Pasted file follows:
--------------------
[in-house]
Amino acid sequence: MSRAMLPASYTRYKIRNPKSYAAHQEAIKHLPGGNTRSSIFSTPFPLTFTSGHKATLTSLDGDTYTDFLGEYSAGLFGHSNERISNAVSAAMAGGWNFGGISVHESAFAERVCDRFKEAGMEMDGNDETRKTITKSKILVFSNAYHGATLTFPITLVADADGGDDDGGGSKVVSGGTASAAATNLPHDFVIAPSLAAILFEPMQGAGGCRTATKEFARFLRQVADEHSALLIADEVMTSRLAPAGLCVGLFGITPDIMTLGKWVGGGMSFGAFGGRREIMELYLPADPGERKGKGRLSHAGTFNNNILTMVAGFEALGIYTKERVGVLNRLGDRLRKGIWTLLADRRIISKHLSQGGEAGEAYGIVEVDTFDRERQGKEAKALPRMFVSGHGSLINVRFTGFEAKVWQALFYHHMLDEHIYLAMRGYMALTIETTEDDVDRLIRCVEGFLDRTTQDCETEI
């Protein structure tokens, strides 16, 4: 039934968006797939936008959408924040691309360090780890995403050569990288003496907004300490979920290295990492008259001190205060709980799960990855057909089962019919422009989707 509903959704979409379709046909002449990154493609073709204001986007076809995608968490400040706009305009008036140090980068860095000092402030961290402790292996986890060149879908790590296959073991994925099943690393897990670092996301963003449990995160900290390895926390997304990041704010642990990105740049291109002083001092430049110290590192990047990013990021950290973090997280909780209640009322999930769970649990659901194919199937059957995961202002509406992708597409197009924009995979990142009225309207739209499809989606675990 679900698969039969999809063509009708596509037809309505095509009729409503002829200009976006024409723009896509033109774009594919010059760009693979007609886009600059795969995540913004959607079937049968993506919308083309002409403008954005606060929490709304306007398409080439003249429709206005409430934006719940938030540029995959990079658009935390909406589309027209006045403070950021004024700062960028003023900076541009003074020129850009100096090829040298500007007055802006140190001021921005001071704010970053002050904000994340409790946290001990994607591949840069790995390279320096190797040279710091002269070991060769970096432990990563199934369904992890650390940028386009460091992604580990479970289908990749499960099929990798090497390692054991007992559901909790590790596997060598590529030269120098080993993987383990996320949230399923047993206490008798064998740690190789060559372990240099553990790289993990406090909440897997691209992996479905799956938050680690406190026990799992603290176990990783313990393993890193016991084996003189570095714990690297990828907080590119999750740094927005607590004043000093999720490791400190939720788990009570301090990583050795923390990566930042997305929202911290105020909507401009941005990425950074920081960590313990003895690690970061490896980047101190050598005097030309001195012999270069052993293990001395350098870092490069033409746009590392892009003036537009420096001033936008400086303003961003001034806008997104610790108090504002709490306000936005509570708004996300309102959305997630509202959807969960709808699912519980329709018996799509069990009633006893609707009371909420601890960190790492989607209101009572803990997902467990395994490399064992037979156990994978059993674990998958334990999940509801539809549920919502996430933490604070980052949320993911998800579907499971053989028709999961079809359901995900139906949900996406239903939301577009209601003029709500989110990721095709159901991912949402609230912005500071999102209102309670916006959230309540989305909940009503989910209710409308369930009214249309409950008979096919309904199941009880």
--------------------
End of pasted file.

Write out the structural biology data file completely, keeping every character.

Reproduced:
[in-house]
Amino acid sequence: MSRAMLPASYTRYKIRNPKSYAAHQEAIKHLPGGNTRSSIFSTPFPLTFTSGHKATLTSLDGDTYTDFLGEYSAGLFGHSNERISNAVSAAMAGGWNFGGISVHESAFAERVCDRFKEAGMEMDGNDETRKTITKSKILVFSNAYHGATLTFPITLVADADGGDDDGGGSKVVSGGTASAAATNLPHDFVIAPSLAAILFEPMQGAGGCRTATKEFARFLRQVADEHSALLIADEVMTSRLAPAGLCVGLFGITPDIMTLGKWVGGGMSFGAFGGRREIMELYLPADPGERKGKGRLSHAGTFNNNILTMVAGFEALGIYTKERVGVLNRLGDRLRKGIWTLLADRRIISKHLSQGGEAGEAYGIVEVDTFDRERQGKEAKALPRMFVSGHGSLINVRFTGFEAKVWQALFYHHMLDEHIYLAMRGYMALTIETTEDDVDRLIRCVEGFLDRTTQDCETEI
């Protein structure tokens, strides 16, 4: 039934968006797939936008959408924040691309360090780890995403050569990288003496907004300490979920290295990492008259001190205060709980799960990855057909089962019919422009989707 509903959704979409379709046909002449990154493609073709204001986007076809995608968490400040706009305009008036140090980068860095000092402030961290402790292996986890060149879908790590296959073991994925099943690393897990670092996301963003449990995160900290390895926390997304990041704010642990990105740049291109002083001092430049110290590192990047990013990021950290973090997280909780209640009322999930769970649990659901194919199937059957995961202002509406992708597409197009924009995979990142009225309207739209499809989606675990 679900698969039969999809063509009708596509037809309505095509009729409503002829200009976006024409723009896509033109774009594919010059760009693979007609886009600059795969995540913004959607079937049968993506919308083309002409403008954005606060929490709304306007398409080439003249429709206005409430934006719940938030540029995959990079658009935390909406589309027209006045403070950021004024700062960028003023900076541009003074020129850009100096090829040298500007007055802006140190001021921005001071704010970053002050904000994340409790946290001990994607591949840069790995390279320096190797040279710091002269070991060769970096432990990563199934369904992890650390940028386009460091992604580990479970289908990749499960099929990798090497390692054991007992559901909790590790596997060598590529030269120098080993993987383990996320949230399923047993206490008798064998740690190789060559372990240099553990790289993990406090909440897997691209992996479905799956938050680690406190026990799992603290176990990783313990393993890193016991084996003189570095714990690297990828907080590119999750740094927005607590004043000093999720490791400190939720788990009570301090990583050795923390990566930042997305929202911290105020909507401009941005990425950074920081960590313990003895690690970061490896980047101190050598005097030309001195012999270069052993293990001395350098870092490069033409746009590392892009003036537009420096001033936008400086303003961003001034806008997104610790108090504002709490306000936005509570708004996300309102959305997630509202959807969960709808699912519980329709018996799509069990009633006893609707009371909420601890960190790492989607209101009572803990997902467990395994490399064992037979156990994978059993674990998958334990999940509801539809549920919502996430933490604070980052949320993911998800579907499971053989028709999961079809359901995900139906949900996406239903939301577009209601003029709500989110990721095709159901991912949402609230912005500071999102209102309670916006959230309540989305909940009503989910209710409308369930009214249309409950008979096919309904199941009880």